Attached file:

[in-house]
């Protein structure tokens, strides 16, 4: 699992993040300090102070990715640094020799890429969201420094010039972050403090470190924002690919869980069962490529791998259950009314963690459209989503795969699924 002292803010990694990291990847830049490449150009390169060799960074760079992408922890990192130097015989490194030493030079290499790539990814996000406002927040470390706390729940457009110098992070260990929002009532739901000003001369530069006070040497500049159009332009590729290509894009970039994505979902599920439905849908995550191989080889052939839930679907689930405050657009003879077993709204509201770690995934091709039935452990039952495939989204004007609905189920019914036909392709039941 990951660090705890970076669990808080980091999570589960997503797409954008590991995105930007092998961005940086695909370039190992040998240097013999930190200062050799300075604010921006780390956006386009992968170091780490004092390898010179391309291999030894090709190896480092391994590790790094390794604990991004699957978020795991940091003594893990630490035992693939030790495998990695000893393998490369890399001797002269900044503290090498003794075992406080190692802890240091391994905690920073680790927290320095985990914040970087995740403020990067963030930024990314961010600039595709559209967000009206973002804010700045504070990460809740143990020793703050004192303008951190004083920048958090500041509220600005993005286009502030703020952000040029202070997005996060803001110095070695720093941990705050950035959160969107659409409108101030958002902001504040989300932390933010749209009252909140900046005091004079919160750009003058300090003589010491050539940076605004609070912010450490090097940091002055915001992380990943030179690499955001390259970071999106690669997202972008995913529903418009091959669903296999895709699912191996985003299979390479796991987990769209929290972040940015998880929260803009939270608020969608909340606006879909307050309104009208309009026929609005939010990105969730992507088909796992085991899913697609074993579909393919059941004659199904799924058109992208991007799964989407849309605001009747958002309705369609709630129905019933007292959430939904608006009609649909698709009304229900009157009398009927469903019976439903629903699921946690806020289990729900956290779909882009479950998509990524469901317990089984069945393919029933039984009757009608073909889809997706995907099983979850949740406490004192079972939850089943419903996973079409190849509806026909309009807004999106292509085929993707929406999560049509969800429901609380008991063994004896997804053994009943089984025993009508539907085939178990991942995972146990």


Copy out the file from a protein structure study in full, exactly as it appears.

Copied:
[in-house]
């Protein structure tokens, strides 16, 4: 699992993040300090102070990715640094020799890429969201420094010039972050403090470190924002690919869980069962490529791998259950009314963690459209989503795969699924 002292803010990694990291990847830049490449150009390169060799960074760079992408922890990192130097015989490194030493030079290499790539990814996000406002927040470390706390729940457009110098992070260990929002009532739901000003001369530069006070040497500049159009332009590729290509894009970039994505979902599920439905849908995550191989080889052939839930679907689930405050657009003879077993709204509201770690995934091709039935452990039952495939989204004007609905189920019914036909392709039941 990951660090705890970076669990808080980091999570589960997503797409954008590991995105930007092998961005940086695909370039190992040998240097013999930190200062050799300075604010921006780390956006386009992968170091780490004092390898010179391309291999030894090709190896480092391994590790790094390794604990991004699957978020795991940091003594893990630490035992693939030790495998990695000893393998490369890399001797002269900044503290090498003794075992406080190692802890240091391994905690920073680790927290320095985990914040970087995740403020990067963030930024990314961010600039595709559209967000009206973002804010700045504070990460809740143990020793703050004192303008951190004083920048958090500041509220600005993005286009502030703020952000040029202070997005996060803001110095070695720093941990705050950035959160969107659409409108101030958002902001504040989300932390933010749209009252909140900046005091004079919160750009003058300090003589010491050539940076605004609070912010450490090097940091002055915001992380990943030179690499955001390259970071999106690669997202972008995913529903418009091959669903296999895709699912191996985003299979390479796991987990769209929290972040940015998880929260803009939270608020969608909340606006879909307050309104009208309009026929609005939010990105969730992507088909796992085991899913697609074993579909393919059941004659199904799924058109992208991007799964989407849309605001009747958002309705369609709630129905019933007292959430939904608006009609649909698709009304229900009157009398009927469903019976439903629903699921946690806020289990729900956290779909882009479950998509990524469901317990089984069945393919029933039984009757009608073909889809997706995907099983979850949740406490004192079972939850089943419903996973079409190849509806026909309009807004999106292509085929993707929406999560049509969800429901609380008991063994004896997804053994009943089984025993009508539907085939178990991942995972146990």